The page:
Seventh that has pride of place as Dvořák’s greatest achievement in symphonic form.
The impetus for the new symphony was a commission from the Philharmonic
Society of London. Dvořák’s success in London in 1884 as a conductor of his own music
resulted in his election as an Honorary Member of the Society and was a significant
opportunity to enlarge upon his growing international reputation. The commission would
require a new symphony that would be due the following year and would be a great
opportunity to present himself as a world figure. As he wrote to a friend in December of
1884, “ a new symphony for London occupies me, and wherever I go I think of nothing
but my work, which must be capable of stirring the world, and God grant me that it will!”
The primary musical inspiration for Dvořák’s new work was the hearing of the
Third Symphony of his close friend, mentor, and musical hero, Johannes Brahms, in
Vienna in December of 1883. For Dvořák, Brahms’s new work was the pinnacle of
musical achievement and something to be aspired to. As he wrote to his publisher, “I
don’t want to let Brahms down.”
Although the London premiere in April of 1885 was deemed a success, early
performances of the symphony were not as warmly received as some of the composer’s
earlier work. The reason would appear to be that audiences were expecting the rather
more cheerfully ethnic Dvořák of works such as the popular Slavonic Dances or the
joyful D major Sixth Symphony rather than the somber new symphony in the dark key of
D minor. Nevertheless, over time the Seventh Symphony would take its place as one of
the major works of the symphonic repertoire. As the redoubtable English scholar Donald
Francis Tovey once wrote, “I have no hesitation in setting Dvořák’s Seventh Symphony
along with the C major Symphony of Schubert and the four symphonies of Brahms, as
among the greatest and purest examples in this art-form since Beethoven.”
Dvořák’s biographers have speculated about the reason for the unusually intense and
heroic quality of the symphony, which some commentators have gone so far as to call his
“Tragic “ Symphony. Possible factors may have been the death of the composer’s mother
several years earlier, as well as his concern over the failing health of his mentor Bedřich
Smetana, who died in 1884. Perhaps more to the point, though, is the fact that Dvořák
seems to have been going through a personal crisis having to do with his identity as a
Czech musician. He was deeply patriotic, proud of his Czech heritage, and strongly
supportive of the growing movement of Czech nationalism, which reacted strongly
against any perceived oppression or condescension from the German speaking part of the
Hapsburg Empire with its center in Vienna. As Dvořák’s international reputation grew,
however, he felt the inevitable pull to become more German in his musical thinking, to
write operas on German rather than on Slavic subjects and perhaps even to move to
Vienna, the epicenter of the Austro-German musical universe. Though a minor point, his
disagreement with his German publisher Simrock over whether his scores should use the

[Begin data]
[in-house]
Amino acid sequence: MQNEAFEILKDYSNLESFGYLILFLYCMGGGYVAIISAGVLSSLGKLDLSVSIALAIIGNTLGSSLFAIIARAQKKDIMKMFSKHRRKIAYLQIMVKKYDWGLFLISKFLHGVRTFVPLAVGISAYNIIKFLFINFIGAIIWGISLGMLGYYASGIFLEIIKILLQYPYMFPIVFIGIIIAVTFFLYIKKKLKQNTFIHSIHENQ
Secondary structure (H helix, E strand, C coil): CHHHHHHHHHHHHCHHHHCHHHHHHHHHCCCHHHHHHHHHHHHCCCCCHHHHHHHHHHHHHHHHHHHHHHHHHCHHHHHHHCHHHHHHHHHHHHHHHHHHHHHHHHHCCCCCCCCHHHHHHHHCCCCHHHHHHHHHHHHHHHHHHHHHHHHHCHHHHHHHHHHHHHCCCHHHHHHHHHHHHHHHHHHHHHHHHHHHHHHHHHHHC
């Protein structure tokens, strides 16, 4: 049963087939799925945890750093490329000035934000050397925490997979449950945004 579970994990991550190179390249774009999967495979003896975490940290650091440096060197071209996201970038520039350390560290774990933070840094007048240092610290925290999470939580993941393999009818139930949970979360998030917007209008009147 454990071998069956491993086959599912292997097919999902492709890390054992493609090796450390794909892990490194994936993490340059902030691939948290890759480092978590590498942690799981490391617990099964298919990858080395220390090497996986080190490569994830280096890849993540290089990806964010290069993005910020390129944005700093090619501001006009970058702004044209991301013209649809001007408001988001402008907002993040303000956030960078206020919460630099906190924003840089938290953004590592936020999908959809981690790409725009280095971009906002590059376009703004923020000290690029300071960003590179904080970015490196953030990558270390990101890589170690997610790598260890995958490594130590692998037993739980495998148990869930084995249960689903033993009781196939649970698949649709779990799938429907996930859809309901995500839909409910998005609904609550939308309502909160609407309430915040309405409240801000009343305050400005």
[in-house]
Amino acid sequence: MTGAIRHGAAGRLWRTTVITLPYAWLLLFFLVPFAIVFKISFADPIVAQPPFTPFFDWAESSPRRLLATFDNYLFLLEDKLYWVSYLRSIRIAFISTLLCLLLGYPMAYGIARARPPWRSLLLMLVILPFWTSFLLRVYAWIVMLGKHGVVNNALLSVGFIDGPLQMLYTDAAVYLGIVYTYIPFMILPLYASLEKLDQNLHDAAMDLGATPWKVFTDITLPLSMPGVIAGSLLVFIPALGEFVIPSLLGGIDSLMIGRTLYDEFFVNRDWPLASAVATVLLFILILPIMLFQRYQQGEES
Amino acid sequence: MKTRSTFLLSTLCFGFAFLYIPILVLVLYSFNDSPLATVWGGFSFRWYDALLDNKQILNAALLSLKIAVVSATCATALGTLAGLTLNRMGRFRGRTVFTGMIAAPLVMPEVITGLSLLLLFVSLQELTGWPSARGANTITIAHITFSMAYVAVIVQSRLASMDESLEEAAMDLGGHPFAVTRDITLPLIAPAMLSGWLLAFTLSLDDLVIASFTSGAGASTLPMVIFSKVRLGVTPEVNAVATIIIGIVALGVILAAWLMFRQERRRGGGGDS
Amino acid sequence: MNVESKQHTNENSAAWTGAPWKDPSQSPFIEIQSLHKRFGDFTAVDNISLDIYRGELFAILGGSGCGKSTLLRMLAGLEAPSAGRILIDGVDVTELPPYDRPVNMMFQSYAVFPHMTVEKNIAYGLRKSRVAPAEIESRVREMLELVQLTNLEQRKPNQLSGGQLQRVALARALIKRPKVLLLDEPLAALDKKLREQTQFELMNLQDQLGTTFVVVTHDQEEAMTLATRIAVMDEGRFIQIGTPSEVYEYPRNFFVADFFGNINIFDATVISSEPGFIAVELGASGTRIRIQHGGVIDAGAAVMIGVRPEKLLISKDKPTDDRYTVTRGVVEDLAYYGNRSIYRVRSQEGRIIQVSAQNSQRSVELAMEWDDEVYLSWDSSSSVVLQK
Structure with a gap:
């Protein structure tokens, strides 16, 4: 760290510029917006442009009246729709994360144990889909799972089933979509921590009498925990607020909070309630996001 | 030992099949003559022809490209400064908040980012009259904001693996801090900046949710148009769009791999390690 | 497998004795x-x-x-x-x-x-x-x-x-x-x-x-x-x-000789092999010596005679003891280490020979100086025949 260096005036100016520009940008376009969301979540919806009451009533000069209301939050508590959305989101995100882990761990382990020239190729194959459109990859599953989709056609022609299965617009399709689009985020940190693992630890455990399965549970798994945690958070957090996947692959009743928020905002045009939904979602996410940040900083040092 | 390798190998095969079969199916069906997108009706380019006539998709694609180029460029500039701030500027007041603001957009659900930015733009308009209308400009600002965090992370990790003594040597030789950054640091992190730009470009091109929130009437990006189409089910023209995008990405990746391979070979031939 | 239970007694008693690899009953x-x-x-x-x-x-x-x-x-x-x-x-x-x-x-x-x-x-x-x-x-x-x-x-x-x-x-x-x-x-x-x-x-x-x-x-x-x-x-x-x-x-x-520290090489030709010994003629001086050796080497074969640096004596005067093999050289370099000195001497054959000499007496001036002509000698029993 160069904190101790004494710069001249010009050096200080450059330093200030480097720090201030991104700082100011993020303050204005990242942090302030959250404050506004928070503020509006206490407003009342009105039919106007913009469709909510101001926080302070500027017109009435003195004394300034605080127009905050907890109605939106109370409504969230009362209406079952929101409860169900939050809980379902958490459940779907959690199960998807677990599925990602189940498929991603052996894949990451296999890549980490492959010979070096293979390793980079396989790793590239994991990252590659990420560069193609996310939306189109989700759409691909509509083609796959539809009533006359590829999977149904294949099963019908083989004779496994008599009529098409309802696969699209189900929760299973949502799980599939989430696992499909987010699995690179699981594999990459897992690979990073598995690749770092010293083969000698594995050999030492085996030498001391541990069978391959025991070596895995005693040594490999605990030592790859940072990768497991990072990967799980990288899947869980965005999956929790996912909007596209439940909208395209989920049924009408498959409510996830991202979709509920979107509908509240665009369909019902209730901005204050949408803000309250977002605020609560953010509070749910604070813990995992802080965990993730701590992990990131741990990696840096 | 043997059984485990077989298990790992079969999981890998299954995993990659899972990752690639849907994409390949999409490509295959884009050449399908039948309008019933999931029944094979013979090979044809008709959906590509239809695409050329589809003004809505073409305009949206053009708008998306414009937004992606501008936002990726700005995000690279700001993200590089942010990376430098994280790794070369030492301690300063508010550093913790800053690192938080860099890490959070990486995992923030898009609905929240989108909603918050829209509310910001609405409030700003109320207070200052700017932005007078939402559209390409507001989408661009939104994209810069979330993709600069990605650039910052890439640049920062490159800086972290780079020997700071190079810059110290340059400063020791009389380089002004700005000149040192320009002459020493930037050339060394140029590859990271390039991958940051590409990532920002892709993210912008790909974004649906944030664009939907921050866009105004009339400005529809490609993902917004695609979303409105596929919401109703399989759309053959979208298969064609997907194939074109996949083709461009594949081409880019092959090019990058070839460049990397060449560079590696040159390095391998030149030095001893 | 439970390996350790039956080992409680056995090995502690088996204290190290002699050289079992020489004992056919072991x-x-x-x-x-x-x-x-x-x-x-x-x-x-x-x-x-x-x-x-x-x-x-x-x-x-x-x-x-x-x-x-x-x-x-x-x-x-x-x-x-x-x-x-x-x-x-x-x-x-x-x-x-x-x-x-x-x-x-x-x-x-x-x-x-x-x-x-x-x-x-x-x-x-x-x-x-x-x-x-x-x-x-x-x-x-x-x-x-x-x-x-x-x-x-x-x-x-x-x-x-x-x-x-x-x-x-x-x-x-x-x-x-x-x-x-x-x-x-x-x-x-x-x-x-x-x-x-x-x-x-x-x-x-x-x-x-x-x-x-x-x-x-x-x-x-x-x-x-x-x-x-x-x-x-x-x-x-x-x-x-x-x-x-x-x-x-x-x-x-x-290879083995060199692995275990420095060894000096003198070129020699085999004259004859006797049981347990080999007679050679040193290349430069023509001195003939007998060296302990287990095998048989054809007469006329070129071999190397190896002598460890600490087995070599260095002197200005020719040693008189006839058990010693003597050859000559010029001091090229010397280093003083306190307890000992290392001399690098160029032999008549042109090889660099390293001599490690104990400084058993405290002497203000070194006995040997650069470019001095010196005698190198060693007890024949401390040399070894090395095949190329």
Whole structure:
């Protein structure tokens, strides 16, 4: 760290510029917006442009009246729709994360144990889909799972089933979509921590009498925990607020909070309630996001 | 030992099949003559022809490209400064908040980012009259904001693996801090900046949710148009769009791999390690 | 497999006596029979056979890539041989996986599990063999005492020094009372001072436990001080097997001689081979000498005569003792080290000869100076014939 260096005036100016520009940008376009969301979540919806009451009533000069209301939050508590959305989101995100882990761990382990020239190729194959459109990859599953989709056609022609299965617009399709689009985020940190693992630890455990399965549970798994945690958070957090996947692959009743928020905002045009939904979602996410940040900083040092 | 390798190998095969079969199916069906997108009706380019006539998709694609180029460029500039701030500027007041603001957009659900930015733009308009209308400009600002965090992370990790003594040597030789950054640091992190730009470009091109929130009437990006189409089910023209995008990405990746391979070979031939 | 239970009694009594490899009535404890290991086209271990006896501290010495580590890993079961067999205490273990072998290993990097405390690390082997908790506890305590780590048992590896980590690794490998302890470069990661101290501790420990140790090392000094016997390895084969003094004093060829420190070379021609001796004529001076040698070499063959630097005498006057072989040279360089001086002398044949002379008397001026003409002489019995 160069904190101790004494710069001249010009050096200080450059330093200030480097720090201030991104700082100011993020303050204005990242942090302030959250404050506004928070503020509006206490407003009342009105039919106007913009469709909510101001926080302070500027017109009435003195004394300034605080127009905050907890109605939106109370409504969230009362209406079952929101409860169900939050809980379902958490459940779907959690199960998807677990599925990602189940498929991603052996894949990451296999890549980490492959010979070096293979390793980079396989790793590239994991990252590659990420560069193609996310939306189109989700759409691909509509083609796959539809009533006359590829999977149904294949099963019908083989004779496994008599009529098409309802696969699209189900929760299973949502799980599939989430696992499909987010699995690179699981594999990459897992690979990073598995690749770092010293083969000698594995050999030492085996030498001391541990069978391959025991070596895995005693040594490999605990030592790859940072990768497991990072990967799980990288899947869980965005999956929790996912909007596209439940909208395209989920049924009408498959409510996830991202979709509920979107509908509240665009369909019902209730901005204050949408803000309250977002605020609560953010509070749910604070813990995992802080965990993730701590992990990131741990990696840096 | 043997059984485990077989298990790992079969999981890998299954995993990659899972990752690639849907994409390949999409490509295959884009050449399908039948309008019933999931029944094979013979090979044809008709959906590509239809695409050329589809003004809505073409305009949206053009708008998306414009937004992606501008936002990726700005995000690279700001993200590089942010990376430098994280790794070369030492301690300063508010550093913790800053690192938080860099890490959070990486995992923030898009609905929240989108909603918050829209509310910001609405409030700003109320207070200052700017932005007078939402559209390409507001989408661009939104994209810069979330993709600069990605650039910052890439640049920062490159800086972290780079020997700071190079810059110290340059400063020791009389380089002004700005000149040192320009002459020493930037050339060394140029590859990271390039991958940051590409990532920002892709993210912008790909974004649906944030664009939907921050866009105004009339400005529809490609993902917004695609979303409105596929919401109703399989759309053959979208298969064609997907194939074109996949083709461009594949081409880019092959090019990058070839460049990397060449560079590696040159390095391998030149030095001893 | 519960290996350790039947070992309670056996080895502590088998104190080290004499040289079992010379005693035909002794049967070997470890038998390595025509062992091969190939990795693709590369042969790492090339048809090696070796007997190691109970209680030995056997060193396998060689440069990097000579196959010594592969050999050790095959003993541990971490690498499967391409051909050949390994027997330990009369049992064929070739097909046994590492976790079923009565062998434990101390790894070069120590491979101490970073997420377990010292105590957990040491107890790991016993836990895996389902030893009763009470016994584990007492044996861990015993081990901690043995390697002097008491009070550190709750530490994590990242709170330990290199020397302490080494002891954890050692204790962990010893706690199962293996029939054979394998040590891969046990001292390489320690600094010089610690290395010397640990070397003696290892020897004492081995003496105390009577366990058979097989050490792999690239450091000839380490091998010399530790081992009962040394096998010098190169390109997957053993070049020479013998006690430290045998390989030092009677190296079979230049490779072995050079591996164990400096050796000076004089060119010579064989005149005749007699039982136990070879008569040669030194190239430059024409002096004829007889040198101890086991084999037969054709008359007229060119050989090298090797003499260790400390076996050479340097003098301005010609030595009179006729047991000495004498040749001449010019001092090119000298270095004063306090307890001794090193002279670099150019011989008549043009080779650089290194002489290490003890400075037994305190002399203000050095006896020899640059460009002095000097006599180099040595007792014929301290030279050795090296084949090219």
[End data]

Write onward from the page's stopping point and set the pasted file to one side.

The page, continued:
German form Anton rather than the Czech form Antonín were symptomatic of the
problem. It seems that in the Seventh Symphony Dvořák shows his determination to
work out a solution to his internal conflict, writing music that was at once true to his
Czech heritage and yet employing the time-honored forms and procedures of the great
Austro-German tradition.
Given that background, it is not surprising that Dvořák said that the opening theme
of the first movement came to him at the Prague railroad station as a train brought in
several hundred anti-Hapsburg protesters from Hungary to attend a program at the
National Theater Festival in support of the movement for greater Czech independence.
The darkness and turbulence of this opening theme is only temporarily relieved by a
lovely second theme in the woodwinds, as the intense drama continues throughout the
first movement. Particularly striking is the sense of compact development, as one passage
seems to lead inevitably to the next. After a great climax, the movement winds down and
ends quietly with the opening theme restated.
The beautiful slow movement begins with a choral like theme of great serenity, but
a darker mood soon intrudes. In a note written on the sketch of the movement, Dvořák
wrote “from the sad times,” probably a reference to the death of his mother and the
premature death of his first three children.
The remarkable scherzo movement is one of the most effective since the
symphonies of Beethoven. It has some of the characteristics of the furiant, a fiery Czech
dance employing cross rhythms. The middle section or trio, as such a contrasting section
of a dance movement is usually called, provides variety by being in a major key before
leading back to the fiery opening section.
The stormy finale features a feeling of constantly driving forward motion, a
feeling of energy which the composer said reflected the strong spirit of the Czech people
toward political repression. Although at the very end of the movement the music turns
into a major key as many nineteenth century minor key symphonies do, it is not the
clearly triumphant sort of conclusion that works such as Beethoven’s Fifth Symphony
present. To this listener at least, this remarkable symphony leaves the impression that
further struggle lies ahead.
* * *